Carrying on the work of journalists who no longer can.

By Mbalenhle Buthelezi

“Every time a journalist is killed, we need to send a clear message that they are not killing the story.” This is how Miranda Patrucic stressed the importance of continuing the groundbreaking work of arrested, incapacitated and killed investigative journalists.

Patrucić, an investigative reporter and regional editor for Organised Crime and Corruption Reporting Project (OCCRP), was speaking at the African Investigative Journalism Conference (AIJC) on Tuesday, October 30.

Miranda Patrucić, regional editor of OCCRP, spoke about the story of Caruana Galizia, a Maltese investigative journalist, Photo: Khanyi Mutshekwane

Patrucić explained how 45 journalists from over 15 countries collaborated on the ‘Daphne Project’ named for investigative journalist Daphne Caruana Galizia who was murdered in Malta in October 2017.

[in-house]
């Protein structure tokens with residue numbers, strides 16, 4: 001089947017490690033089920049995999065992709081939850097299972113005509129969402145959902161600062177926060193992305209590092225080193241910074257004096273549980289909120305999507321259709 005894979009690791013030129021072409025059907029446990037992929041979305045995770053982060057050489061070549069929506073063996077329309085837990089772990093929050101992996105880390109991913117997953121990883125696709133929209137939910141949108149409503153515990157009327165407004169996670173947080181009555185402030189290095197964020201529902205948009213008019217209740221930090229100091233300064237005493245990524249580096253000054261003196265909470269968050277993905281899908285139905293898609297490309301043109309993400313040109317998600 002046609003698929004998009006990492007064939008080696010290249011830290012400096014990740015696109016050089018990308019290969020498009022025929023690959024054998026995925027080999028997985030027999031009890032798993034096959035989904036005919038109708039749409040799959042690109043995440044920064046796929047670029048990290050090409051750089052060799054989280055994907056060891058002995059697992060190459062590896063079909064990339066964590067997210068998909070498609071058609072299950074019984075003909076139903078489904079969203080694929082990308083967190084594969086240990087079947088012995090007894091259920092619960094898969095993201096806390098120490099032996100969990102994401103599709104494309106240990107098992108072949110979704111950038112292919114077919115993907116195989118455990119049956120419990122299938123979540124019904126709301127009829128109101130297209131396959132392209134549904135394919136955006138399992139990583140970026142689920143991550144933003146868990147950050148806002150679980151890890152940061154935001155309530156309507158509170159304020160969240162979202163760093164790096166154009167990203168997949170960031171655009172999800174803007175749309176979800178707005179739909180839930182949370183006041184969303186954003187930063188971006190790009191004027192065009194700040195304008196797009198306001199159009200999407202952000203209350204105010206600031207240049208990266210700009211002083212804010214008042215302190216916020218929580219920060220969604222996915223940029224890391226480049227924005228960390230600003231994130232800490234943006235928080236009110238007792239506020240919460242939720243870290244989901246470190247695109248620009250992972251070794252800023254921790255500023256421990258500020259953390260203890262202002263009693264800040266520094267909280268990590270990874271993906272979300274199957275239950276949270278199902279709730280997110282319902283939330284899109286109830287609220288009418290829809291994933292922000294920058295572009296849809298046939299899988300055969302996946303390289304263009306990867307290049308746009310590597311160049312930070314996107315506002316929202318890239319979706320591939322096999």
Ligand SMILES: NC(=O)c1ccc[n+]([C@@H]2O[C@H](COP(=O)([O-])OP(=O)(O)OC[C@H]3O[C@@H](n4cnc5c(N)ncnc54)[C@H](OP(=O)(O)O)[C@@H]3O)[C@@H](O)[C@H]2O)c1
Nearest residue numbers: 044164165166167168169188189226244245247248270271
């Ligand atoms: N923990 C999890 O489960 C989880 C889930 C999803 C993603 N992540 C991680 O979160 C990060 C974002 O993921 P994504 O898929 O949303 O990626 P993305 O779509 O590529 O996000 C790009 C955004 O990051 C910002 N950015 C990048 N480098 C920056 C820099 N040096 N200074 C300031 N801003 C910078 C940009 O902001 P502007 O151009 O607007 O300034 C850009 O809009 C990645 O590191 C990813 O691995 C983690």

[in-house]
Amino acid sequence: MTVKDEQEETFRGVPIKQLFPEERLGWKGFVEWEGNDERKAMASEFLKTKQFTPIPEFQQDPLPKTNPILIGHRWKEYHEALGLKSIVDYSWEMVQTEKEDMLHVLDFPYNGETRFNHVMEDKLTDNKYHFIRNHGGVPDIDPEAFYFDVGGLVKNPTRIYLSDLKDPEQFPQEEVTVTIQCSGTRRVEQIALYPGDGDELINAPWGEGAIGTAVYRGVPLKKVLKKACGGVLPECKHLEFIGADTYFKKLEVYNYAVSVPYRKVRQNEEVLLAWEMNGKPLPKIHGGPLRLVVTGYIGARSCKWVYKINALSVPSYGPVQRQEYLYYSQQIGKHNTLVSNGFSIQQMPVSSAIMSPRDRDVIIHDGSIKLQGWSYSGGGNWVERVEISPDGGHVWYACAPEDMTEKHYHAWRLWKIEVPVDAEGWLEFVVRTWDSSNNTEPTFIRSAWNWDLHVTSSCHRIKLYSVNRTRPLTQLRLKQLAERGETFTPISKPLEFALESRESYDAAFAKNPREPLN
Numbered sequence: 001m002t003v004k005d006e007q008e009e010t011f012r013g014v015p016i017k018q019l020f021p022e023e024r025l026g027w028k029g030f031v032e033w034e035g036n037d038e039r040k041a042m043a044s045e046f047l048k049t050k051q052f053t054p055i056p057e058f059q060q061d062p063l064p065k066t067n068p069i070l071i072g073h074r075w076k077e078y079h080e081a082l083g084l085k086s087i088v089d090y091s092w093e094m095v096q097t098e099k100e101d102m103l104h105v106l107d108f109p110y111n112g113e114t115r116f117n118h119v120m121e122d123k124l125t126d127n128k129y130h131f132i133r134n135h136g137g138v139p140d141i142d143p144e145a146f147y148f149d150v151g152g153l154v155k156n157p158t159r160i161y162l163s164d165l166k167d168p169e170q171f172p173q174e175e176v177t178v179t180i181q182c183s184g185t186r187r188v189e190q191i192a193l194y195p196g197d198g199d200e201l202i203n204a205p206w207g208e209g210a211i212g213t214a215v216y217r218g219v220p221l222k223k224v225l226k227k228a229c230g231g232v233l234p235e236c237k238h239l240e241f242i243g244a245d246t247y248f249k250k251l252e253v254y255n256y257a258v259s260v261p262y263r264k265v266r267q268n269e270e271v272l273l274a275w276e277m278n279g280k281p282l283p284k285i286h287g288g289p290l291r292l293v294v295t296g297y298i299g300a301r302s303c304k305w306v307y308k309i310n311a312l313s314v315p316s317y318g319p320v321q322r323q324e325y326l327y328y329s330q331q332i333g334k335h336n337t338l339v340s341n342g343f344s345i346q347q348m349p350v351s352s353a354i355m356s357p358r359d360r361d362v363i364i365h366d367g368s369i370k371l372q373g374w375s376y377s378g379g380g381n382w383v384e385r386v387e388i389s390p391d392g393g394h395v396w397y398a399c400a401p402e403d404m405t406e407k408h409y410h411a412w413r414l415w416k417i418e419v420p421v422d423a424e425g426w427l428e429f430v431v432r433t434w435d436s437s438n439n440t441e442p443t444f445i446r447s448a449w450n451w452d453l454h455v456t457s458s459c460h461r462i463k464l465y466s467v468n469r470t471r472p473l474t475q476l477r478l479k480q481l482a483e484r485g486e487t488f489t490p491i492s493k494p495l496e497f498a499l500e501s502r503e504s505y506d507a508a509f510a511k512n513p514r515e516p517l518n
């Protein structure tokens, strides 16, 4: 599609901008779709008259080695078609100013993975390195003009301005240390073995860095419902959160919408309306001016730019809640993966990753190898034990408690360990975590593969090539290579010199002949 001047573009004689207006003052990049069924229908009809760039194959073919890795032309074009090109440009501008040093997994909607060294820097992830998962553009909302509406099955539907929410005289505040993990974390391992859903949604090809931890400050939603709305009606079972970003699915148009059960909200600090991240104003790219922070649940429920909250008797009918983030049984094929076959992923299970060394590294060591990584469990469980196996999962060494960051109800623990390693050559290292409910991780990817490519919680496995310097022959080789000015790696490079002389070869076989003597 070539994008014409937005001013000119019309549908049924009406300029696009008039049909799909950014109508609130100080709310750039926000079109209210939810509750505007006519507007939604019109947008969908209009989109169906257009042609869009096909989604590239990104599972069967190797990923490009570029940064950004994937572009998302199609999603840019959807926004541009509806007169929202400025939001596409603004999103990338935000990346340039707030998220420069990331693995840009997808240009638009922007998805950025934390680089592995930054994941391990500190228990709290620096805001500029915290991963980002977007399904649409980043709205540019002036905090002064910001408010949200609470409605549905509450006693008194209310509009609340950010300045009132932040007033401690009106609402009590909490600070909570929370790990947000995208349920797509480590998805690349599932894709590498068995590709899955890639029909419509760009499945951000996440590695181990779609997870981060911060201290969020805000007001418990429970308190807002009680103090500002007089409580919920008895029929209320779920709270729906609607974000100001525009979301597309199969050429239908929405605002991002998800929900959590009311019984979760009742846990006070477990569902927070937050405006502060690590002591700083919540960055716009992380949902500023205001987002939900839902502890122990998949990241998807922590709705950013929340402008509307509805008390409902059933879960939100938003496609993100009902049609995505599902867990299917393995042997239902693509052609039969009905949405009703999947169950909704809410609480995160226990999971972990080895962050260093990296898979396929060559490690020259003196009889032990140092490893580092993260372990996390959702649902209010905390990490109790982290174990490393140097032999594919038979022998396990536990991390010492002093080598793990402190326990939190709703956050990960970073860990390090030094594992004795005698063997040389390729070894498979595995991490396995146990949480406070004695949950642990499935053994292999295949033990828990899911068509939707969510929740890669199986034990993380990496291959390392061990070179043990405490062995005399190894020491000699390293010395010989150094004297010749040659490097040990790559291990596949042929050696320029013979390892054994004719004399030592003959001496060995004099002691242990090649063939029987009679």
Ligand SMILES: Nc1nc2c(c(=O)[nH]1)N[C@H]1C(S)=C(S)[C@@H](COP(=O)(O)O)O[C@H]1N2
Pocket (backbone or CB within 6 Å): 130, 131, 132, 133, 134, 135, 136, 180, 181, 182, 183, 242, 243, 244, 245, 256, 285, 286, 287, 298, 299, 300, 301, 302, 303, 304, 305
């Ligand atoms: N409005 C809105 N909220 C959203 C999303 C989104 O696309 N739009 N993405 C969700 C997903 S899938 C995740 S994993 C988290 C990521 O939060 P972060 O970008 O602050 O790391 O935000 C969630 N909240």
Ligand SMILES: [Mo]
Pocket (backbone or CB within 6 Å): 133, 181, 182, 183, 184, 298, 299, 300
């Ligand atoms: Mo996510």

The journalists worked on gathering documents, interviewed sources and followed the leads that Caruana Galizia, 53, had left behind after her death which was caused by a car bomb.

“We all came together and said it was going to be our mission to work on these stories,” said Patrucić. She said Caruana Galizia had denounced criminal behaviour and corruption and that her journalistic style was unapologetic and uncompromising which is what pushed the team to carry on with her work.

Some of the stories of the ‘Daphne Project’ included exposing Pilatus, a private bank used by two elite families in Azerbaijan to secretly transfer cash and exposing a hideout base for smugglers.

Patrucić emphasised that carrying out the work started by other people is often difficult, but said, “When I was younger, my editor used to tell me ‘you have to go and get the miracle’”, which remain the words she lives by.

Patrucić also presented OCCRP’s holistic approach to safety for investigative journalists and shared her insights on how to spot the signs of danger.

The stories of the Daphne Project are available on the OCCRP’s website.